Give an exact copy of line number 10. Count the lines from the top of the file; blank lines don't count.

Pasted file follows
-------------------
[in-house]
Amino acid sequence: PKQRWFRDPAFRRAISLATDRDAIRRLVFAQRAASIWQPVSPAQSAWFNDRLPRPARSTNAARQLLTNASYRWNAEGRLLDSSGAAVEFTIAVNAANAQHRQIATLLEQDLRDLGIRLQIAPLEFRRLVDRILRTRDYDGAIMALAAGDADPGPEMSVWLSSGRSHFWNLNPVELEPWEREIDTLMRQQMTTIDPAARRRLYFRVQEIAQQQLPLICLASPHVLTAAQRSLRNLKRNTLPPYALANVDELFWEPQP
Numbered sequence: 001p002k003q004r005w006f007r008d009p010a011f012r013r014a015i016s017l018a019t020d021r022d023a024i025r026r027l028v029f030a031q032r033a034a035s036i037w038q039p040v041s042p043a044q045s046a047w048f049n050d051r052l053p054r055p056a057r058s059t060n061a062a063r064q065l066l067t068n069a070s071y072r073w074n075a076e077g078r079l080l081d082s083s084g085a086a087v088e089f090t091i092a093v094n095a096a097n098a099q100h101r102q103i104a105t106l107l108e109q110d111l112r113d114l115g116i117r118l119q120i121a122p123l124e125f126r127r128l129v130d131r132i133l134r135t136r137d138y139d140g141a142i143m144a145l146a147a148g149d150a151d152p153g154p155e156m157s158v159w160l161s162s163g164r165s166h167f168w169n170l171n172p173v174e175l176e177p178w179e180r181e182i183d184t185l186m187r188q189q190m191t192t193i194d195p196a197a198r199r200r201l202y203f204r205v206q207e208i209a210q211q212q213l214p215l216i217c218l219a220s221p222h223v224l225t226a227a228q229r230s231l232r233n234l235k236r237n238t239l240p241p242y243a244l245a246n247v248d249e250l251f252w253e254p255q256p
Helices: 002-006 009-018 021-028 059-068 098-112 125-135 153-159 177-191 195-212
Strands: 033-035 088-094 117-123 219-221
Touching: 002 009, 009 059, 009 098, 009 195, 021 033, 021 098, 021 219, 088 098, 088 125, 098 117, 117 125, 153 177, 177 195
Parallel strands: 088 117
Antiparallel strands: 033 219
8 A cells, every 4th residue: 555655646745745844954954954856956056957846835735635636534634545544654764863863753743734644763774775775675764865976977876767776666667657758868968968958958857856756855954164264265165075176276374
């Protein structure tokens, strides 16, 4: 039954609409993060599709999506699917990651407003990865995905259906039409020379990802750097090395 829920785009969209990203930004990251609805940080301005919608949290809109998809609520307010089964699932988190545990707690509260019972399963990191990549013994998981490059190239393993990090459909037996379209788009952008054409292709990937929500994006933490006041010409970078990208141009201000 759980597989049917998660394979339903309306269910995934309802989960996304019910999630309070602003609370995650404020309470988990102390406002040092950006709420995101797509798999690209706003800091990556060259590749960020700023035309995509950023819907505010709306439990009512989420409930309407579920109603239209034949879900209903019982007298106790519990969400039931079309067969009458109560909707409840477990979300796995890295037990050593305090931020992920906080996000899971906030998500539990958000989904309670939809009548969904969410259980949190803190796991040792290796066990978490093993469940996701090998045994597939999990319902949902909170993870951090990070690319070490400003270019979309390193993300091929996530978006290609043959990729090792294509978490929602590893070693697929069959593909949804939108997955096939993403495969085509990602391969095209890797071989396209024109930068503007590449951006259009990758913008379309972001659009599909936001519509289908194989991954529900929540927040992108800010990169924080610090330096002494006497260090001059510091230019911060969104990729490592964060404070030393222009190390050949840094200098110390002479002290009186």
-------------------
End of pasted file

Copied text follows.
């Protein structure tokens, strides 16, 4: 039954609409993060599709999506699917990651407003990865995905259906039409020379990802750097090395 829920785009969209990203930004990251609805940080301005919608949290809109998809609520307010089964699932988190545990707690509260019972399963990191990549013994998981490059190239393993990090459909037996379209788009952008054409292709990937929500994006933490006041010409970078990208141009201000 759980597989049917998660394979339903309306269910995934309802989960996304019910999630309070602003609370995650404020309470988990102390406002040092950006709420995101797509798999690209706003800091990556060259590749960020700023035309995509950023819907505010709306439990009512989420409930309407579920109603239209034949879900209903019982007298106790519990969400039931079309067969009458109560909707409840477990979300796995890295037990050593305090931020992920906080996000899971906030998500539990958000989904309670939809009548969904969410259980949190803190796991040792290796066990978490093993469940996701090998045994597939999990319902949902909170993870951090990070690319070490400003270019979309390193993300091929996530978006290609043959990729090792294509978490929602590893070693697929069959593909949804939108997955096939993403495969085509990602391969095209890797071989396209024109930068503007590449951006259009990758913008379309972001659009599909936001519509289908194989991954529900929540927040992108800010990169924080610090330096002494006497260090001059510091230019911060969104990729490592964060404070030393222009190390050949840094200098110390002479002290009186």